Ziggler’s concussion came at the wrong (or perhaps the perfect time for his well-being) in that the WWE had made a substantial gift to Boston’s Sports Legacy Institute in support of their continued cancer research. The Sports Legacy Institution is a non-profit with a mission to advance treatment and prevention of the effects of concussions in athletes. The SLI is of particular interest to the WWE as co-founder Chris Nowinski wrestled in the WWE for a number of years before a concussion in 2003 fueled his interest in the prevention and treatment. - Alberto Del Rio Dolph Ziggler

His return match, Sunday’s Payback, saw Ziggler favoring his head, which in my opinion was a great touch and showed the seriousness of concussions in professional wrestling, a long way from the days of relentless and numerous unprotected chair shots. Regardless, Del Rio didn’t show sympathy. He continued to work on Ziggler’s head with malice. One spot saw a WWE doctor instructing Ziggler to please stop wrestling. Rodriguez screamed to Del Rio “He’s FINE!” and Del Rio continued the assault. It was paint by numbers double turn. Eventually, Del Rio was victorious after a sidekick to the head and followed the match up by returning to the ring to cut a promo about the fans booing him.

It was perfect and the double turn was complete — Ziggler is officially the sympathetic babyface and Del Rio the ruthless, opportunist heel. The essence of the double turn.

The rarest angle in the sport?

One unique aspect of the double turn is its extreme rarity. WWE and professional wrestling companies alike have a core rotation of angles and storylines that are dusted off, repeated or repurposed all the time. Most every angle can be traced back to something done only a few years ago, it’s only natural. The one angle that seems to have been protected and only used in the rarest of times is the double turn.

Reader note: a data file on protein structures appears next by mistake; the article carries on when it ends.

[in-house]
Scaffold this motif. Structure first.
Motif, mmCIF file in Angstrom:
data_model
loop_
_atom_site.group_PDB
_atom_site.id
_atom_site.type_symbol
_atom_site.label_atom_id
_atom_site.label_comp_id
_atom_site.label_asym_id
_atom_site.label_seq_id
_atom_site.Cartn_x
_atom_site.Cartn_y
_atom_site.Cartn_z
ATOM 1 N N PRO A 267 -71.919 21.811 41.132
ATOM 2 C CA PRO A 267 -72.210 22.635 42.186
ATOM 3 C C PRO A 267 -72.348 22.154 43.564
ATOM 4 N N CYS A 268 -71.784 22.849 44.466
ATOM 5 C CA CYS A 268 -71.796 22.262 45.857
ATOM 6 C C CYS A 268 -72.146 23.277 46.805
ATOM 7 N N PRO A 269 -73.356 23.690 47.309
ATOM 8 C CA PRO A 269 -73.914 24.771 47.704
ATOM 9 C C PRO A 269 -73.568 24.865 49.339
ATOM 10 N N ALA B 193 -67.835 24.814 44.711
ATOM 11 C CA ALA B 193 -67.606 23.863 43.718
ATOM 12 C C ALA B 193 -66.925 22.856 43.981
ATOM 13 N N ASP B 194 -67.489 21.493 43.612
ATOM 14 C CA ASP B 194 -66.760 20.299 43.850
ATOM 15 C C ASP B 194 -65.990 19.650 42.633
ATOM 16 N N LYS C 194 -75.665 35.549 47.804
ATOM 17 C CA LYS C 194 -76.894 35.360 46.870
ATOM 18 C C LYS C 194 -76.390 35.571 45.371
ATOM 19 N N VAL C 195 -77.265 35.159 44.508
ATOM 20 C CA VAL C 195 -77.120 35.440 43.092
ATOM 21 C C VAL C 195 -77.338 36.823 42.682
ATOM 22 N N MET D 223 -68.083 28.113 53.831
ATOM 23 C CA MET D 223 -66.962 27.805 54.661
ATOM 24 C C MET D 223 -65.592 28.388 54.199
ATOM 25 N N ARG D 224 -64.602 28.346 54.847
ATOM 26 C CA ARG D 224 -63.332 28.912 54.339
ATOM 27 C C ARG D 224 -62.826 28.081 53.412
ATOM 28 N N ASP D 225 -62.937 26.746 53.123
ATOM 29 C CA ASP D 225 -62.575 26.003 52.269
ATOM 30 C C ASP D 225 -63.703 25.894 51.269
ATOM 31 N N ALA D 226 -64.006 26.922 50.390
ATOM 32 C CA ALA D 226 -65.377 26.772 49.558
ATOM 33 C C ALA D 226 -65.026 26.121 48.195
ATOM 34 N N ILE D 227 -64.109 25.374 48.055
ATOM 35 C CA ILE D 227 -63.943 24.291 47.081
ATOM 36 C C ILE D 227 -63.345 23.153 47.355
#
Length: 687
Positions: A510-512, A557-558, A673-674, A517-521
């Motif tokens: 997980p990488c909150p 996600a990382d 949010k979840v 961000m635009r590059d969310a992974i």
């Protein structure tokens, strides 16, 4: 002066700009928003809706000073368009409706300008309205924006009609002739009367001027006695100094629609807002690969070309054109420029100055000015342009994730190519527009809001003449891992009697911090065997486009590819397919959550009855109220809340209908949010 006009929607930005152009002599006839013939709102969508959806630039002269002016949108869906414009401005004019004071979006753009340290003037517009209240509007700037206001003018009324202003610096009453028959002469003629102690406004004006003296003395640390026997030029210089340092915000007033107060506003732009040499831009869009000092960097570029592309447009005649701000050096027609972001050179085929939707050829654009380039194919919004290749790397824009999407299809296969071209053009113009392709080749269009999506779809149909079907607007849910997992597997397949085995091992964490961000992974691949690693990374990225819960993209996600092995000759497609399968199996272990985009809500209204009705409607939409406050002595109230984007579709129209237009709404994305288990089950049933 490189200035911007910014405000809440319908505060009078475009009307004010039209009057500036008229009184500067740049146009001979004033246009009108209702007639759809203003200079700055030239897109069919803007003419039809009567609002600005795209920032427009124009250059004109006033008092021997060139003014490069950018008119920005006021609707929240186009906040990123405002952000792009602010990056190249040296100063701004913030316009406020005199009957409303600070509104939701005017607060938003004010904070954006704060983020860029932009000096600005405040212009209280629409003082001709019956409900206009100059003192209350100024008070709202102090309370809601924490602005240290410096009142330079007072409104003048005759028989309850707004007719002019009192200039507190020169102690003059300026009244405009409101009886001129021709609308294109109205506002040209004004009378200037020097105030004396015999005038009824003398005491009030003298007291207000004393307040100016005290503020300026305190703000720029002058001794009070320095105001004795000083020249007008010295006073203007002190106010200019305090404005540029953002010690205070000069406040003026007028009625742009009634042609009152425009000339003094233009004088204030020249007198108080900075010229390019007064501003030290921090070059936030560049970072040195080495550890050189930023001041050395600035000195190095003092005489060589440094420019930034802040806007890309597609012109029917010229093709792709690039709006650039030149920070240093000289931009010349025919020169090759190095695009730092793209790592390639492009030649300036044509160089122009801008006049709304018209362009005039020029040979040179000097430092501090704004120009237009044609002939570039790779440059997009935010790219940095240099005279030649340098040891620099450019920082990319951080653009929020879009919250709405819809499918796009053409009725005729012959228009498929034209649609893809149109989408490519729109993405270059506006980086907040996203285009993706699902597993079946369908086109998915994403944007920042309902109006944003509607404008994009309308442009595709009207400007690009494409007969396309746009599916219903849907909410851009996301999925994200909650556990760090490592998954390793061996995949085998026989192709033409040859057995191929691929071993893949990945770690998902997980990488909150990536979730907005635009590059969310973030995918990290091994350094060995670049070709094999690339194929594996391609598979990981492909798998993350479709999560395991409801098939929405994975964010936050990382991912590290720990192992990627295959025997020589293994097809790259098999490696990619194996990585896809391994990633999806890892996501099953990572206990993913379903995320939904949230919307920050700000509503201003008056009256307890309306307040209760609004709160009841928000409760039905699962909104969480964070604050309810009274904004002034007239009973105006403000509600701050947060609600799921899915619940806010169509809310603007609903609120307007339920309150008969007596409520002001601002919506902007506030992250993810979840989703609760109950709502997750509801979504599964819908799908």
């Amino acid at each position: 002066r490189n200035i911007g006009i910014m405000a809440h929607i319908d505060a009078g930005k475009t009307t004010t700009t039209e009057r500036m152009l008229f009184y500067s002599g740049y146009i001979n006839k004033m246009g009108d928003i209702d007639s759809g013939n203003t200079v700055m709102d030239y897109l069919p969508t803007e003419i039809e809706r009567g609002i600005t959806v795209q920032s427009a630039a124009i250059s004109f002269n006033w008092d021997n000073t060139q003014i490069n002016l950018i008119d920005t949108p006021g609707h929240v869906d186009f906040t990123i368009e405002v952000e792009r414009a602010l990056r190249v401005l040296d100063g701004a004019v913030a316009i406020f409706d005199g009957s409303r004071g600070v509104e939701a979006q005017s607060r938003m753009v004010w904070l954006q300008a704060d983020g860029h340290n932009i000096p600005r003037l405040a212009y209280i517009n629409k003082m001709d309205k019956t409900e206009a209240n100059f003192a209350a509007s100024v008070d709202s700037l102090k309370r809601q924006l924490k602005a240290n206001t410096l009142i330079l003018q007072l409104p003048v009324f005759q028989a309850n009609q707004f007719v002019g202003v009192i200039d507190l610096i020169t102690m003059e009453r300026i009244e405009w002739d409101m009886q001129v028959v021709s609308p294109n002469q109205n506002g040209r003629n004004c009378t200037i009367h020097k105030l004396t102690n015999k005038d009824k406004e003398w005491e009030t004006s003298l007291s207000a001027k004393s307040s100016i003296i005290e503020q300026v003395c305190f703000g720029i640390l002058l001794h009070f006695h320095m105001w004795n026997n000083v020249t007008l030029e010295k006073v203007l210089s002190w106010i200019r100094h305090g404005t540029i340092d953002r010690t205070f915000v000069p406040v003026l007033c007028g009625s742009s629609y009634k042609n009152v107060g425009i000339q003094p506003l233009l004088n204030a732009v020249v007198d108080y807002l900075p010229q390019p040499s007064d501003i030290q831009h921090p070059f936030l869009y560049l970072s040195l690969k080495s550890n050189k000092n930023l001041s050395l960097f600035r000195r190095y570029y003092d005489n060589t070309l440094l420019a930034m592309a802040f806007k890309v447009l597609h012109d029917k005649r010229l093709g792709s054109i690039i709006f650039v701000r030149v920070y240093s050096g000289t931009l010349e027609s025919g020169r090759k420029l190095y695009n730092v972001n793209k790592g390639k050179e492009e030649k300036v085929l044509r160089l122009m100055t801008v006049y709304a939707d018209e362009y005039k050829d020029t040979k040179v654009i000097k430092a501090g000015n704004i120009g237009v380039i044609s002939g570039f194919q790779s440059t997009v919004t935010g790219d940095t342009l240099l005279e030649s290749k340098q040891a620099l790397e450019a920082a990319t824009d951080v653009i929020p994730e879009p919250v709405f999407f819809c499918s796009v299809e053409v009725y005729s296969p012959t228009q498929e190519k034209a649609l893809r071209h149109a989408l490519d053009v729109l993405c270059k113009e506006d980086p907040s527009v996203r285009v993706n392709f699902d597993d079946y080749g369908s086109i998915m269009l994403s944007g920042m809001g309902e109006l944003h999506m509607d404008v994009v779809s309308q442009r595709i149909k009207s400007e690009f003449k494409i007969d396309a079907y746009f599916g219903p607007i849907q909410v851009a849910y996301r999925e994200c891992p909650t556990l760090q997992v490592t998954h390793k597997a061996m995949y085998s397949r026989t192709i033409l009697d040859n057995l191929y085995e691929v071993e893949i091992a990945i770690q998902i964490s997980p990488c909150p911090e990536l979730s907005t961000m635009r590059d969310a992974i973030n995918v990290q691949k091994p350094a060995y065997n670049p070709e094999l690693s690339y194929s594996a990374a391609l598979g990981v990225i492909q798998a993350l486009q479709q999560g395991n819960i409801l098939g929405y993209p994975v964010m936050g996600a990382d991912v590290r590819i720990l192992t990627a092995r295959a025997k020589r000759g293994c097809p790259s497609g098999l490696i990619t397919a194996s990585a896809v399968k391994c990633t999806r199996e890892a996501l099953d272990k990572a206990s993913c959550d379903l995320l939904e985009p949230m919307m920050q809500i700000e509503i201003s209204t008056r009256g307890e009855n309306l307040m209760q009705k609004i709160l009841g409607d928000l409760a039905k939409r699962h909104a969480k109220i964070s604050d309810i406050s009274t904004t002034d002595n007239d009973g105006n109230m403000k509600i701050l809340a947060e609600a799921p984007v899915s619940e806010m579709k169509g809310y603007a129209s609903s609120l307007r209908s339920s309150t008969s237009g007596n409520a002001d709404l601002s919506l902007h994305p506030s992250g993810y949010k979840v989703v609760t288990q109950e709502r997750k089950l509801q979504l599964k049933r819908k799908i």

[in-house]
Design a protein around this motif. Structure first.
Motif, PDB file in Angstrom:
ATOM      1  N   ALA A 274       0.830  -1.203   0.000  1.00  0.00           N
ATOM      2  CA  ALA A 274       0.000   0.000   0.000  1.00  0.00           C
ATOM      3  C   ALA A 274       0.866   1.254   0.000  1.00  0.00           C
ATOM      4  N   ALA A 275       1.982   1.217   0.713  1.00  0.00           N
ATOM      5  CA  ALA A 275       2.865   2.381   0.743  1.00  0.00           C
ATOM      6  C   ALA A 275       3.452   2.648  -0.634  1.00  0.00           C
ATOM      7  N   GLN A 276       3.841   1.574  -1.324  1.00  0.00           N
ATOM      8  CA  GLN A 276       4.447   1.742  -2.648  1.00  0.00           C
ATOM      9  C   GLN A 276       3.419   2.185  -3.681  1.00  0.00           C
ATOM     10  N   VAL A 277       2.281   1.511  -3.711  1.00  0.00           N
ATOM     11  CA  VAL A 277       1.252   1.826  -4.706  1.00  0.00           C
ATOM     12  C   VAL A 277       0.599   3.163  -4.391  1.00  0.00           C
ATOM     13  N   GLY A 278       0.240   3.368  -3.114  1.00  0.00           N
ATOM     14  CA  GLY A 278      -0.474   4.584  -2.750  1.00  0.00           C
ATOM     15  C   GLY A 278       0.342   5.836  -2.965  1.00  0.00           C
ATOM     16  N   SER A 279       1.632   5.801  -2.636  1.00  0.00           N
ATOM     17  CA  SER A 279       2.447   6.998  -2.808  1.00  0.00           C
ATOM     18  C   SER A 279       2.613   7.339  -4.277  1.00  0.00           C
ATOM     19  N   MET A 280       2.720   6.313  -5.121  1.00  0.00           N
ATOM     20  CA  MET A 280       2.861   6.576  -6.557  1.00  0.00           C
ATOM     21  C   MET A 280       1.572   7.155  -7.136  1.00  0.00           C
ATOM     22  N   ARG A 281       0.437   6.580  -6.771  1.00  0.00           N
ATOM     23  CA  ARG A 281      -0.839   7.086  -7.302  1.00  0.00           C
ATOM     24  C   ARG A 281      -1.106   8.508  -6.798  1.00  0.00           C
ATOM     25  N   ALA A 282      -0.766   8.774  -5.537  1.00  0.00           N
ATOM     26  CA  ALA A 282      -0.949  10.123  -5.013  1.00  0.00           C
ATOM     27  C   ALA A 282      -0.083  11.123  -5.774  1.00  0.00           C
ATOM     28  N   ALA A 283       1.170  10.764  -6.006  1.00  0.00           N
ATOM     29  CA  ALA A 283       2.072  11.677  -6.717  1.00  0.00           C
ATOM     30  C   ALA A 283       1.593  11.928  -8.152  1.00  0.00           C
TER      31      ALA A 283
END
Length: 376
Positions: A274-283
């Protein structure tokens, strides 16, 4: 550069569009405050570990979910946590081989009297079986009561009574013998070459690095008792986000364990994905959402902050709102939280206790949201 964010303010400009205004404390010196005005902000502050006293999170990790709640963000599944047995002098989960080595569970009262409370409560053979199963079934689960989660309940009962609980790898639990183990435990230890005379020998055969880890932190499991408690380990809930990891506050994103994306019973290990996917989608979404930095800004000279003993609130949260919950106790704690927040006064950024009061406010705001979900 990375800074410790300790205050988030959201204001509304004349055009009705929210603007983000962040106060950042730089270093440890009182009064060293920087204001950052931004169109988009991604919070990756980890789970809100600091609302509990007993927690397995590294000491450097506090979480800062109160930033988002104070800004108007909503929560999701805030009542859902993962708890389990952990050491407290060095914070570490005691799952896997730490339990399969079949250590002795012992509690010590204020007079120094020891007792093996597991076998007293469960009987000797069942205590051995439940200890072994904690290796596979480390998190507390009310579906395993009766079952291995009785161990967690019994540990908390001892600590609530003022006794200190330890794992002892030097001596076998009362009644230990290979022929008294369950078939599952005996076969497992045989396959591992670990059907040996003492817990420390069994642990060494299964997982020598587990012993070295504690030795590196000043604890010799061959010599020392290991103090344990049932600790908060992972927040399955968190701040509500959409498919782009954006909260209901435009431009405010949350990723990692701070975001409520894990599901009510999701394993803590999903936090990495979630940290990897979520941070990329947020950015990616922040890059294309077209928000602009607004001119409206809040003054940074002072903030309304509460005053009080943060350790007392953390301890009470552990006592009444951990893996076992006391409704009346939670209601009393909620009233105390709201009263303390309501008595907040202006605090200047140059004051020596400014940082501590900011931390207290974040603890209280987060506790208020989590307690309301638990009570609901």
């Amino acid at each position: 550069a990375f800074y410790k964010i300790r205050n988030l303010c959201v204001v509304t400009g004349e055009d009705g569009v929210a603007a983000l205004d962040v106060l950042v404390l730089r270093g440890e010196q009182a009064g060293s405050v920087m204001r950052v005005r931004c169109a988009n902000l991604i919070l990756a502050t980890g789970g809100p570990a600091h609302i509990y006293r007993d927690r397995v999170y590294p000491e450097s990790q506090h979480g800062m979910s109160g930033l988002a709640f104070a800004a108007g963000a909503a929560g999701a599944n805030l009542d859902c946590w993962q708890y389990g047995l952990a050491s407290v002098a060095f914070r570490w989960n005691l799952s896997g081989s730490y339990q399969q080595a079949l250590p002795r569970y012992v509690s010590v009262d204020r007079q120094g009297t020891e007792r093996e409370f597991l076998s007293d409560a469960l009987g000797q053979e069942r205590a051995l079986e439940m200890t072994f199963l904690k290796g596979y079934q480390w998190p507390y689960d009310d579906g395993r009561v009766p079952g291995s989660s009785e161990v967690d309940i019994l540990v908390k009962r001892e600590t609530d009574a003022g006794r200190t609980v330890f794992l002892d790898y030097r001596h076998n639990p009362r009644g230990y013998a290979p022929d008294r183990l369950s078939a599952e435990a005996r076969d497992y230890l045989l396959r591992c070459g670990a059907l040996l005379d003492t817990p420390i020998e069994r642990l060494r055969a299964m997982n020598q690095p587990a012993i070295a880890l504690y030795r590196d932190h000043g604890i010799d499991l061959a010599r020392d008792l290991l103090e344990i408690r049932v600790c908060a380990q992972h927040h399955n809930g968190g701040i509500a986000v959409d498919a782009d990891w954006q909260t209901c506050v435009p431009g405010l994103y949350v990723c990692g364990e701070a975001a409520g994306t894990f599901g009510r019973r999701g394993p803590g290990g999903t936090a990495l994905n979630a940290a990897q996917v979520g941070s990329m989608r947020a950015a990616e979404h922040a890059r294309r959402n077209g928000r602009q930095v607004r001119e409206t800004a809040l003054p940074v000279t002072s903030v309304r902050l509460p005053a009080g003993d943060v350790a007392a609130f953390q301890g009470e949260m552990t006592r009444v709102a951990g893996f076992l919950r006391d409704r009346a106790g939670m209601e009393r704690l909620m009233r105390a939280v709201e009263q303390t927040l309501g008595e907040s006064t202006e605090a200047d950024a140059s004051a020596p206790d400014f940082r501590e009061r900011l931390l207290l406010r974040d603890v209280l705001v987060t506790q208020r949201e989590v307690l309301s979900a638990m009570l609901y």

The making of a star

The most famous of which is the long revered double turn between Bret Hart and Stone Cold Steve Austin at WrestleMania 13. Strangely enough, this turn happened in the same arena as Sunday’s Del Rio/Ziggler turn: Rosemont, IL’s Allstate Arena – then the Rosemont Horizon. I don’t have to give you much background into this feud and what led up to the double turn as it’s been burned into the mind of any WWE fan.

The common narrative is that Austin’s career catapulted to the next level because of his King of the Ring 1996 victory and “Austin 3:16” promo afterwards. That’s not entirely the case, while it showed WWE’s faith in Austin, he followed up that historic win with a DNP at the next month’s In Your House and an opening match with the then-9,000 lb Yokozuna at SummerSlam 1996.

No, Austin’s career went to the next level in November of 1996, when he called out the soon-to-return Bret Hart. The Excellence of Execution had taken time off following his WrestleMania XII title loss to Shawn Michaels. Austin, still a relative midcarder, began calling out the Hitman and openly challenging him to a match when he returned. Their back and forth culminated in a number one contender’s match Survivor Series 1996 and given the location of the event (New York City’s Madison Square Garden – another haven of smark-dom), the crowd’s relatively warm reaction to Austin foreshadowed the eventual double turn.

Hart also came back with a new edge, gone was the smiley happy go-lucky Hart. In was the bitter, edgy Hart who felt he was screwed out of the WWE Championship at WrestleMania and was on the warpath to get his title back. After their Survivor Series match, Hart and Austin were a part of In Your House 13: Final Four’s main event for the recently vacated (one of Shawn Michaels’ 15 title vacations) WWETitle. Austin was the first eliminated and Hart went on to win his fourth WWE Title.